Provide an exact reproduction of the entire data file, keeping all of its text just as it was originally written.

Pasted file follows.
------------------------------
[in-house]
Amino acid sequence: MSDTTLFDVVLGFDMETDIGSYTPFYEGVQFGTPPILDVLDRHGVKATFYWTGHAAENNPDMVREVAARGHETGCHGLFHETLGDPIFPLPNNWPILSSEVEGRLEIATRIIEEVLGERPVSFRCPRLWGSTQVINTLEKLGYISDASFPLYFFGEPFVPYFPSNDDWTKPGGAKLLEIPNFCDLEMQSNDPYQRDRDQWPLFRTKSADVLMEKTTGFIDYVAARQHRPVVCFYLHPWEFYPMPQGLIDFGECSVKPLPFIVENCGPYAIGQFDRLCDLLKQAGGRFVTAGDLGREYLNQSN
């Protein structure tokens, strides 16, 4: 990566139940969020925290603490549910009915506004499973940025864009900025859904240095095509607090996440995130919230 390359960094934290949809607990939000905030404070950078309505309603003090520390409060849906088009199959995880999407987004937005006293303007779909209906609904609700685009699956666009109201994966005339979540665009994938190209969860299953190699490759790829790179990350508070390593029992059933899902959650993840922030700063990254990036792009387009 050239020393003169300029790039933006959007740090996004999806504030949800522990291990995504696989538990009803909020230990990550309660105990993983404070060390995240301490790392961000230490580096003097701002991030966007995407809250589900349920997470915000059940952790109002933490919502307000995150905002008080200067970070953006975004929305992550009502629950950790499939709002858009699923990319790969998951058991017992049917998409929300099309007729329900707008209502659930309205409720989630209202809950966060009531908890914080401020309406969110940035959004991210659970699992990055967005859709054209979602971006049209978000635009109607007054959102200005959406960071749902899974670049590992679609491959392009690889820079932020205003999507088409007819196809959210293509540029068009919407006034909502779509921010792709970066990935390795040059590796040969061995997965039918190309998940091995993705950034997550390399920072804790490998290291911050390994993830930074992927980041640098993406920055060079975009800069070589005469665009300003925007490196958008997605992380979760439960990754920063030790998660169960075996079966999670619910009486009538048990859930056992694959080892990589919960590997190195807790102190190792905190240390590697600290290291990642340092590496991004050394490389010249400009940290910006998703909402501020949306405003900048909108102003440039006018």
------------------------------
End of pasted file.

[in-house]
Amino acid sequence: MSDTTLFDVVLGFDMETDIGSYTPFYEGVQFGTPPILDVLDRHGVKATFYWTGHAAENNPDMVREVAARGHETGCHGLFHETLGDPIFPLPNNWPILSSEVEGRLEIATRIIEEVLGERPVSFRCPRLWGSTQVINTLEKLGYISDASFPLYFFGEPFVPYFPSNDDWTKPGGAKLLEIPNFCDLEMQSNDPYQRDRDQWPLFRTKSADVLMEKTTGFIDYVAARQHRPVVCFYLHPWEFYPMPQGLIDFGECSVKPLPFIVENCGPYAIGQFDRLCDLLKQAGGRFVTAGDLGREYLNQSN
């Protein structure tokens, strides 16, 4: 990566139940969020925290603490549910009915506004499973940025864009900025859904240095095509607090996440995130919230 390359960094934290949809607990939000905030404070950078309505309603003090520390409060849906088009199959995880999407987004937005006293303007779909209906609904609700685009699956666009109201994966005339979540665009994938190209969860299953190699490759790829790179990350508070390593029992059933899902959650993840922030700063990254990036792009387009 050239020393003169300029790039933006959007740090996004999806504030949800522990291990995504696989538990009803909020230990990550309660105990993983404070060390995240301490790392961000230490580096003097701002991030966007995407809250589900349920997470915000059940952790109002933490919502307000995150905002008080200067970070953006975004929305992550009502629950950790499939709002858009699923990319790969998951058991017992049917998409929300099309007729329900707008209502659930309205409720989630209202809950966060009531908890914080401020309406969110940035959004991210659970699992990055967005859709054209979602971006049209978000635009109607007054959102200005959406960071749902899974670049590992679609491959392009690889820079932020205003999507088409007819196809959210293509540029068009919407006034909502779509921010792709970066990935390795040059590796040969061995997965039918190309998940091995993705950034997550390399920072804790490998290291911050390994993830930074992927980041640098993406920055060079975009800069070589005469665009300003925007490196958008997605992380979760439960990754920063030790998660169960075996079966999670619910009486009538048990859930056992694959080892990589919960590997190195807790102190190792905190240390590697600290290291990642340092590496991004050394490389010249400009940290910006998703909402501020949306405003900048909108102003440039006018």